Steenkamp, C & Whitfield, KP (2012), The Benefits of Applying Vernacular Indigenous Building Techniques in Human Settlements: The Case of uMasizakhe Township, Graaff-Reinet, Eastern Cape,. Human Settlements Review, Vol. 2. No 2
The South African government has embarked on providing housing for the country‟s poor and underprivileged populace through the Reconstruction and Development Programme (RDP). While the task was being exercised by the Department of Human Settlements, it recognised the need for creating sustainable and vibrant communities within the mandate. The purpose of this paper is to discuss the potential of vernacular, indigenous building techniques in self-help construction for sustainable livelihoods and communities, with particular reference to the local community of uMasizakhe outside Graaff-Reinet in the Eastern Cape.
The research methods used involved both data collection and reviewing relevant literature. Data was collected from selected respondents who live or had lived in vernacular houses and this concerned ownership, building materials and maintenance, and temperature control, among others. Literature reviewed concerned developmental and ecological approaches to supplying housing as well as vernacular building techniques and the benefits of the latter.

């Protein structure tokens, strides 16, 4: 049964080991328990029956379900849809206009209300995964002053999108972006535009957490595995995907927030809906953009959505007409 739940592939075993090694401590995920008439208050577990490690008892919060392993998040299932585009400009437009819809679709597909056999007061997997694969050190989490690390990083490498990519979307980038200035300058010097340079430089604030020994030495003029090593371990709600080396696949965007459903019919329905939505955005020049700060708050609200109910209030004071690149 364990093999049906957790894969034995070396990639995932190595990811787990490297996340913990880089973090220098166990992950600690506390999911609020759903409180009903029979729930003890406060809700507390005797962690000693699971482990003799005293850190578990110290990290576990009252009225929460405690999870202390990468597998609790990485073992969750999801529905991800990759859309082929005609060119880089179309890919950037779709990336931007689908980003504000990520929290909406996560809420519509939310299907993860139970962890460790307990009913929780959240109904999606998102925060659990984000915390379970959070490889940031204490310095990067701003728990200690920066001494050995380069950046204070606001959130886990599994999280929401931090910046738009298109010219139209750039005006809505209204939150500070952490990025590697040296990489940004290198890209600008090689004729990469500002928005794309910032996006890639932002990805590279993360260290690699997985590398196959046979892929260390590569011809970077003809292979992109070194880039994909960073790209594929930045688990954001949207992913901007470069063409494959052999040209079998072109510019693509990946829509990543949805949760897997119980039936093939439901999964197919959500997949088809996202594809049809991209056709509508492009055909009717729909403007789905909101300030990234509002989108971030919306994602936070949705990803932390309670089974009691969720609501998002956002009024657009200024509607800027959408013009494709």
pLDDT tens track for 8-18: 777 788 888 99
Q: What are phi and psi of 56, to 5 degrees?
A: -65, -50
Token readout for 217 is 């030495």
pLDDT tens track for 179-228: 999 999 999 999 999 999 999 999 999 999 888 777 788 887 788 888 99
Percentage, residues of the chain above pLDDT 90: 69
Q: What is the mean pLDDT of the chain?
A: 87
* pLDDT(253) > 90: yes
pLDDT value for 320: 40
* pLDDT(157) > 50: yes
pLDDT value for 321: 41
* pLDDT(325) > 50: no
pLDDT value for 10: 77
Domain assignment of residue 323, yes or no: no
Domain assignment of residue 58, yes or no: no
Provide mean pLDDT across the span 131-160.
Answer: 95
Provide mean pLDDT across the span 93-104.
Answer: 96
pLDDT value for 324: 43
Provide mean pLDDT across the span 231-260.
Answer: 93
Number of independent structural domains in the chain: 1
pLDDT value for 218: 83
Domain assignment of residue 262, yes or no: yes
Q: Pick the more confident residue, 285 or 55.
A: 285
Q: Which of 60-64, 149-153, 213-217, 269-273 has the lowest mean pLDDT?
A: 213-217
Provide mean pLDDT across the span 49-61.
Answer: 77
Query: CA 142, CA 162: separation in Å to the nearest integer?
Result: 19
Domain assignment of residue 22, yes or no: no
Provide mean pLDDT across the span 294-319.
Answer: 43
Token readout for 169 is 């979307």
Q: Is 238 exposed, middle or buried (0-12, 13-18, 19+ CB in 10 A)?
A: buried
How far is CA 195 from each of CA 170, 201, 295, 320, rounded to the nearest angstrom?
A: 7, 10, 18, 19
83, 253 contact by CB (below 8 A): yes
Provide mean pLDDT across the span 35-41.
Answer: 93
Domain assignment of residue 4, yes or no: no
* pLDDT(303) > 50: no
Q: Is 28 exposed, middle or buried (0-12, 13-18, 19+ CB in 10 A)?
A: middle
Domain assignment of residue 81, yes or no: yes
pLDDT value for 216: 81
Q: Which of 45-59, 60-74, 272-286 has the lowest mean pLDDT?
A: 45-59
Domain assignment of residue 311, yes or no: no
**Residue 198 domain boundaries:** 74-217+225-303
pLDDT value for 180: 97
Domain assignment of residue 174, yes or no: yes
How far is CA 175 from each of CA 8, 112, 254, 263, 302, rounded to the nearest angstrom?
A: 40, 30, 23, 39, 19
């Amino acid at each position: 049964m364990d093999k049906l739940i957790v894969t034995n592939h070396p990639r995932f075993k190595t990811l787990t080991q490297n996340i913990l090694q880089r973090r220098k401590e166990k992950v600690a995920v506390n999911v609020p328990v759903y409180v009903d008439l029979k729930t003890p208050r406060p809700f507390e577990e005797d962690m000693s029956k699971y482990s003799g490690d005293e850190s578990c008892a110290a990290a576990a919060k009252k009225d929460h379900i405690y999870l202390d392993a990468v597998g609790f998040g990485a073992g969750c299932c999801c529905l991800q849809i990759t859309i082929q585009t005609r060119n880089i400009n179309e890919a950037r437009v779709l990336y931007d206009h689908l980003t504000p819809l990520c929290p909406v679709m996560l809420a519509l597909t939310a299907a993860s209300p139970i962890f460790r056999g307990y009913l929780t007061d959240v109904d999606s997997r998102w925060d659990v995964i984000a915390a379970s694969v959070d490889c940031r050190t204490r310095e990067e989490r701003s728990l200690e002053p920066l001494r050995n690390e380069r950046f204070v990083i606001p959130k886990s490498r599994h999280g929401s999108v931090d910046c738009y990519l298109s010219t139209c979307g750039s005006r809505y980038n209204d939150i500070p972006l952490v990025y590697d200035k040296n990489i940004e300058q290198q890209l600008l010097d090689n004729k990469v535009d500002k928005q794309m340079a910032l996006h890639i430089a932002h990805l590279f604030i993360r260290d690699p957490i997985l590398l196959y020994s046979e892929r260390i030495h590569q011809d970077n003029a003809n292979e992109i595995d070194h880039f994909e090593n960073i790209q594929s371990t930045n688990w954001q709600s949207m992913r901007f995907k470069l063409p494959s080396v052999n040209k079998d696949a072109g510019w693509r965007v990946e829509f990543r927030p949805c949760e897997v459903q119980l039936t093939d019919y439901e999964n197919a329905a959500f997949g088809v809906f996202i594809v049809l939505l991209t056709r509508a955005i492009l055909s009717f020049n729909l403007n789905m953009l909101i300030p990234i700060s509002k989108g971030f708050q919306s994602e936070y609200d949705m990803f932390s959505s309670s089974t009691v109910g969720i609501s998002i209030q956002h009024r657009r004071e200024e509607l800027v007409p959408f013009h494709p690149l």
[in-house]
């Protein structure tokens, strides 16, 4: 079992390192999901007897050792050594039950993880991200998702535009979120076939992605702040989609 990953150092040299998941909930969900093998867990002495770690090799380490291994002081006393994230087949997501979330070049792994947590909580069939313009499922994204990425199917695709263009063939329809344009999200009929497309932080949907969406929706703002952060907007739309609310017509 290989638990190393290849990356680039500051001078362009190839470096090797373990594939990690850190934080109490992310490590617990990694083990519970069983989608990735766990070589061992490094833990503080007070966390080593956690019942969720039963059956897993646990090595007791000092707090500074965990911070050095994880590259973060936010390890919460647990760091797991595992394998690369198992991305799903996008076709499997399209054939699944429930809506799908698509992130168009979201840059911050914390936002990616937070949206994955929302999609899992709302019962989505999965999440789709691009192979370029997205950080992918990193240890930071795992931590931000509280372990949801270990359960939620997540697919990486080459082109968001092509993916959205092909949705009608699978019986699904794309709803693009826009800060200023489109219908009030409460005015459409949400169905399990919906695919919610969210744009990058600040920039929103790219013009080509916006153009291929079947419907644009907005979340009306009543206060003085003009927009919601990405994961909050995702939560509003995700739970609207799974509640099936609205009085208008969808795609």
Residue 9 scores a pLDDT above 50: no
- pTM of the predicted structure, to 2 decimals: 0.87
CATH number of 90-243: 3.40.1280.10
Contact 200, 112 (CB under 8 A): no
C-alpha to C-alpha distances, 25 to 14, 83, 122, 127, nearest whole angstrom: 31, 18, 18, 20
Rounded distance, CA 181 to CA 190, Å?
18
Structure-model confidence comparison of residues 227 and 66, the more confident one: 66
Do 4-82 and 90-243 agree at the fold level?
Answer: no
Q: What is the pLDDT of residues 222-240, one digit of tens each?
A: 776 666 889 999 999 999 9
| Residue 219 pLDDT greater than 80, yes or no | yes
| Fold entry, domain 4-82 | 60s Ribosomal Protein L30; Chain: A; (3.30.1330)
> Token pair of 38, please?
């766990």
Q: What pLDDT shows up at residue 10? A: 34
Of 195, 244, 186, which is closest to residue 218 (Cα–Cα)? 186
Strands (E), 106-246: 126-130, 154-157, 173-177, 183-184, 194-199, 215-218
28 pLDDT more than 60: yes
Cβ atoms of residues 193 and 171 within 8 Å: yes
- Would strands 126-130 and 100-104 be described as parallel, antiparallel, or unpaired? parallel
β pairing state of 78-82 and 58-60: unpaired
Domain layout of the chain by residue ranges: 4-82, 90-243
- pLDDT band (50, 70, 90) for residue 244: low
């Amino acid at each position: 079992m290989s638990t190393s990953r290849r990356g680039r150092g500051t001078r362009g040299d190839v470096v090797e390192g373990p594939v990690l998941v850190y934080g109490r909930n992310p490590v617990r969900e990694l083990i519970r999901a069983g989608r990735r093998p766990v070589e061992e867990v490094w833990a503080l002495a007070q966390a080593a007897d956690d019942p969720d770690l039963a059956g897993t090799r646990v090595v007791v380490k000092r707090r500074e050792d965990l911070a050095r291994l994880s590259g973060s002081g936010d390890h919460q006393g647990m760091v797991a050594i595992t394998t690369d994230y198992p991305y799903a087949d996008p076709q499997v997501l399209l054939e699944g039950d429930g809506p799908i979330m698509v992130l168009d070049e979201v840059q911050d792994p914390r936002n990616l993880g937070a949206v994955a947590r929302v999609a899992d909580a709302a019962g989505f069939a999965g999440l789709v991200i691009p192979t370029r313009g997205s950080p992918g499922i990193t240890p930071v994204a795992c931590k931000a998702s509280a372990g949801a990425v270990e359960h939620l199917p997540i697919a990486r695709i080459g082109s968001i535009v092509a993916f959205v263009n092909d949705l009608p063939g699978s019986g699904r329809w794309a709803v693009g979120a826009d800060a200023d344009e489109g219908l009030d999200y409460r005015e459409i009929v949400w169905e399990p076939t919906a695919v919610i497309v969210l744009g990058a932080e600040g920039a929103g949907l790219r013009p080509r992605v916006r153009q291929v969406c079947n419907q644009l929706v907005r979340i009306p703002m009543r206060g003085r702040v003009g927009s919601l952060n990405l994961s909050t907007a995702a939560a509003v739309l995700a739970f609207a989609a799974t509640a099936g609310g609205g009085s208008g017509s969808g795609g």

The research results show that although the homes are well insulated with natural materials, cheaper to build, are owner-built and maintained, are resourcefully heated and cooled, and with the majority of respondents living in their homes for over 25 years there do exist problems. Homes are small and often overcrowded, thus increasing the need for either more or larger RDP houses. This would continue to have serious financial implications within the South African Fiscus and could be considered unfeasible in the future.
It is proposed that owner-built homes using vernacular building techniques be used to facilitate the housing demand. Such a method of development should aid in the creation of independent and vibrant local communities while reinforcing pride and asset-worth in one‟s own vernacular culture. This would depend on at least three factors being met, although these are not discussed in detail within this particular study, mention should be made. The first factor would be the provision of a grant to the value of an RDP dwelling the second; building instructors to aid with budgeting and the construction of structurally sound homes and finally; creating awareness through educational programs focussing on the various benefits of vernacular building techniques.